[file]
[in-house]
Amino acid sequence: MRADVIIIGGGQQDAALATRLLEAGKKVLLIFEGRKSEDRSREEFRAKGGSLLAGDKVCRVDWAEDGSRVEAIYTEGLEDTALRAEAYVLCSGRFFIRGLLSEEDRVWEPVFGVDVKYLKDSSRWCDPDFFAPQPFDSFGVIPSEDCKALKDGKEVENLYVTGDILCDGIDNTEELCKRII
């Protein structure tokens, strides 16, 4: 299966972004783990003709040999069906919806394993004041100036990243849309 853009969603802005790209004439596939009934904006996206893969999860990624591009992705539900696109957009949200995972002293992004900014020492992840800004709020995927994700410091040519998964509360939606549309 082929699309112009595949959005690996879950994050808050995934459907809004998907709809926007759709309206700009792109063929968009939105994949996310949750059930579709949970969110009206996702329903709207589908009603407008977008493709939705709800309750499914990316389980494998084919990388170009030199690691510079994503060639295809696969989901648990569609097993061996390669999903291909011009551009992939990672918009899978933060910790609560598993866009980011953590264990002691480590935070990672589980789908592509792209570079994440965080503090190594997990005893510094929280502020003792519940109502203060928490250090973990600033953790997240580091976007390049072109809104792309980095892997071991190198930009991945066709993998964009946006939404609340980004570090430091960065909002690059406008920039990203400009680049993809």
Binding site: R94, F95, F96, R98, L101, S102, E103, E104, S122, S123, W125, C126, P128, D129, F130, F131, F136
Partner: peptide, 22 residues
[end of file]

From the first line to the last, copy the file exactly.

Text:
[in-house]
Amino acid sequence: MRADVIIIGGGQQDAALATRLLEAGKKVLLIFEGRKSEDRSREEFRAKGGSLLAGDKVCRVDWAEDGSRVEAIYTEGLEDTALRAEAYVLCSGRFFIRGLLSEEDRVWEPVFGVDVKYLKDSSRWCDPDFFAPQPFDSFGVIPSEDCKALKDGKEVENLYVTGDILCDGIDNTEELCKRII
């Protein structure tokens, strides 16, 4: 299966972004783990003709040999069906919806394993004041100036990243849309 853009969603802005790209004439596939009934904006996206893969999860990624591009992705539900696109957009949200995972002293992004900014020492992840800004709020995927994700410091040519998964509360939606549309 082929699309112009595949959005690996879950994050808050995934459907809004998907709809926007759709309206700009792109063929968009939105994949996310949750059930579709949970969110009206996702329903709207589908009603407008977008493709939705709800309750499914990316389980494998084919990388170009030199690691510079994503060639295809696969989901648990569609097993061996390669999903291909011009551009992939990672918009899978933060910790609560598993866009980011953590264990002691480590935070990672589980789908592509792209570079994440965080503090190594997990005893510094929280502020003792519940109502203060928490250090973990600033953790997240580091976007390049072109809104792309980095892997071991190198930009991945066709993998964009946006939404609340980004570090430091960065909002690059406008920039990203400009680049993809």
Binding site: R94, F95, F96, R98, L101, S102, E103, E104, S122, S123, W125, C126, P128, D129, F130, F131, F136
Partner: peptide, 22 residues